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Abstract

Risk assessment of apical periodontitis in endodontically treated teeth

Apical periodontitis represents inflammation and destruction of the periradicular tissues occurring in response to the presence of microorganisms and their irritants within the root canal system. The ultimate goal of endodontic treatment is then to eliminate or at least reduce the microbial load within the root canal system. Even though, apical periodontitis may persist following root canal treatment. The present study aimed at investigating risk factors associated to apical periodontitis in endodontically treated teeth.

Methods: A total of 358 endodontically treated teeth were evaluated after a 1-year period in a Moroccan population according to predetermined criteria. Studied parameters were assessed clinically and radiographically. The association between coronal restoration quality, cavity design, periodontal status, root canal filling quality, coronal restoration related features, presence or absence of the opposing dentition and the periapical status was determined. Data were analyzed using chi-square test, odds ratio and logistic regression.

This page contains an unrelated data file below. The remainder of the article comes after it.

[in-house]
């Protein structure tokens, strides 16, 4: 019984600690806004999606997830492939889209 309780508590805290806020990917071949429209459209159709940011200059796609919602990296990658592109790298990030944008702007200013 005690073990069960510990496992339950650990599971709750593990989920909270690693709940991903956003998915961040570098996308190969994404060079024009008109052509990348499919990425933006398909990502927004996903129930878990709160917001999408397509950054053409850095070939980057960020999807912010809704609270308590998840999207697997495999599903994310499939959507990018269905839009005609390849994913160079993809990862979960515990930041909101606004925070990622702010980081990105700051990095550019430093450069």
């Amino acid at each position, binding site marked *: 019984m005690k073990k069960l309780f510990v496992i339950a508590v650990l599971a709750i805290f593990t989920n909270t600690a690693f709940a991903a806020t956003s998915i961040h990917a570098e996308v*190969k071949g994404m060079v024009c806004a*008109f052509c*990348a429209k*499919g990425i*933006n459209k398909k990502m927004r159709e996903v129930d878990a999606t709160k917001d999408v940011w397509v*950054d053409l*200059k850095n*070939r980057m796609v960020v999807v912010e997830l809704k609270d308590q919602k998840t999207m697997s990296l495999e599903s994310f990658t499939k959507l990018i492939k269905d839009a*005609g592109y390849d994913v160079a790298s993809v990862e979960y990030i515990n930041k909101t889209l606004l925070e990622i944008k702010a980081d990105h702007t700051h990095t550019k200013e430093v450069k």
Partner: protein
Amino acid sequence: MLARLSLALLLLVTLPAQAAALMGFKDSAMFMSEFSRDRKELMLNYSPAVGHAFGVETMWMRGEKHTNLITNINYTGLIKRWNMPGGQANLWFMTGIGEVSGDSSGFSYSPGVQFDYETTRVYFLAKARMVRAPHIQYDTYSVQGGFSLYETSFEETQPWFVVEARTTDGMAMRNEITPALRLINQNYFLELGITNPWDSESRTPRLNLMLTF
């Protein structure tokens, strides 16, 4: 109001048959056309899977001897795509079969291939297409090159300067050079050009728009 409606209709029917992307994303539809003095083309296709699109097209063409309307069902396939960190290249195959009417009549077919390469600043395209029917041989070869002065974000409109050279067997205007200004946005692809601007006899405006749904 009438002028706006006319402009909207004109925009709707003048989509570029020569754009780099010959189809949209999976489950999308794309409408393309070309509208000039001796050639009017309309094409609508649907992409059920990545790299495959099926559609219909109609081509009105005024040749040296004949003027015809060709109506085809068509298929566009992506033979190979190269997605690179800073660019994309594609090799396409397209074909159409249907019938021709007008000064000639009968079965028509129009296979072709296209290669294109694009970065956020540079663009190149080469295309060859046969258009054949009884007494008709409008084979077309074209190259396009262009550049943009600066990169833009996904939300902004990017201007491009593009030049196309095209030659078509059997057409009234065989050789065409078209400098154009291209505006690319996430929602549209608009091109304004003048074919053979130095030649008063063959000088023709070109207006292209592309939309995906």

Results: The present study revealed that gingival health, coronal restoration with CL II cavity design, and root canal filling quality influenced periapical status of endodontically treated teeth. This association was statistically significant for gingival disease (95% IC: 1.08-3.91, OR: 2.05, p=0.02), inadequate coronal restoration (95%IC: 1.16-4.04, OR: 2.16, p: 0.01), and inadequate root canal filling (95%IC: 4.86-27.99, OR: 11.6, P<0.001) respectively. Prevalence of apical periodontitis in the studied endodontically treated teeth was 72.1%.

Conclusions: The present study revealed that inadequate coronal restorations especially with large proximal margins (CL II cavity design) and gingival disease increased the risk of AP in endodontically treated teeth. Under filled  or over filled root canals, canal fillings with low density and inadequate conicity were more associated with AP than inadequate coronal restorations, and when the root canal filling was inadequate the coronal seal did not prevent AP in endodontically treated teeth.


Author(s):

EL OUARTI IMANE



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